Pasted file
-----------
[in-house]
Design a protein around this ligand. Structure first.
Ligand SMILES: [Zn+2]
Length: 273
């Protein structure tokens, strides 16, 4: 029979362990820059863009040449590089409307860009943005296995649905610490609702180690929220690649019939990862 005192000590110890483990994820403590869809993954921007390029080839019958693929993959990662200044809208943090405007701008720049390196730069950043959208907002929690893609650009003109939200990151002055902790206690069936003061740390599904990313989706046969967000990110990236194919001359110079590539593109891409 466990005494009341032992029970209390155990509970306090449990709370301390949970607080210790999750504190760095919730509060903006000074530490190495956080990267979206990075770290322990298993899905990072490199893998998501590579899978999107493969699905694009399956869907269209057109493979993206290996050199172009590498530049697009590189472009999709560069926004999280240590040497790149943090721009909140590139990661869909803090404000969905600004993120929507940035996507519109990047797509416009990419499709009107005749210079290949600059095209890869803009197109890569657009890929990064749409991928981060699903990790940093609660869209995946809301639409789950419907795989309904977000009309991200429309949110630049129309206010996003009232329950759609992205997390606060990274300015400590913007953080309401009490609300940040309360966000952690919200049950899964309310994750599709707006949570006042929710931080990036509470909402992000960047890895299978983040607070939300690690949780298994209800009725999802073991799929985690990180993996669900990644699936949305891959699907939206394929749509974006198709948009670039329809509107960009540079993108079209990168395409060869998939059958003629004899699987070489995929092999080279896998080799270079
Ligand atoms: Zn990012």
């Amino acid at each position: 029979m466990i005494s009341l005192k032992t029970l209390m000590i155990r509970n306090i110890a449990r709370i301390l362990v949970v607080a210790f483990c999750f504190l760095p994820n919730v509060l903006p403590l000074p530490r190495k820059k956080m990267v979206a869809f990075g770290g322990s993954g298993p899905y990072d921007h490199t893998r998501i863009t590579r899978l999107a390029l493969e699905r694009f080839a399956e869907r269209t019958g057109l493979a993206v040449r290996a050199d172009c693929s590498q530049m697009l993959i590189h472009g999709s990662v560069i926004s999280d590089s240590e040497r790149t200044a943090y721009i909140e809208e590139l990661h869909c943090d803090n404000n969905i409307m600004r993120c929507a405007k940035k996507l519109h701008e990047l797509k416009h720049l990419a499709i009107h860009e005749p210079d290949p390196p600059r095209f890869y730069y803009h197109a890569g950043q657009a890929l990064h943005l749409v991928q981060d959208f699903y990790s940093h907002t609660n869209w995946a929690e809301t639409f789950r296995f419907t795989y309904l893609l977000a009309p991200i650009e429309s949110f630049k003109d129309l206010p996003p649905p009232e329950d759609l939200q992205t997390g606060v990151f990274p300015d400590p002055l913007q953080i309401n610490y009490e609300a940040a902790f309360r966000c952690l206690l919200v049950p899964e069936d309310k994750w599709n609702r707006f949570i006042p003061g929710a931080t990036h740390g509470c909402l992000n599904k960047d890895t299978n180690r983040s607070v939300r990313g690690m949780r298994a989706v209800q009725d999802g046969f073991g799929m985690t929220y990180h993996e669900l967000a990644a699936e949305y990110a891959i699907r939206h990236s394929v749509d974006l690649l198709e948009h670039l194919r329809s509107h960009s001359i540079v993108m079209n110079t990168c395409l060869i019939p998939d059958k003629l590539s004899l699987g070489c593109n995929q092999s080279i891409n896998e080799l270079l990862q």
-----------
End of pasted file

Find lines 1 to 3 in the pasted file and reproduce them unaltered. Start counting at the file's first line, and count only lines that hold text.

[in-house]
Design a protein around this ligand. Structure first.
Ligand SMILES: [Zn+2]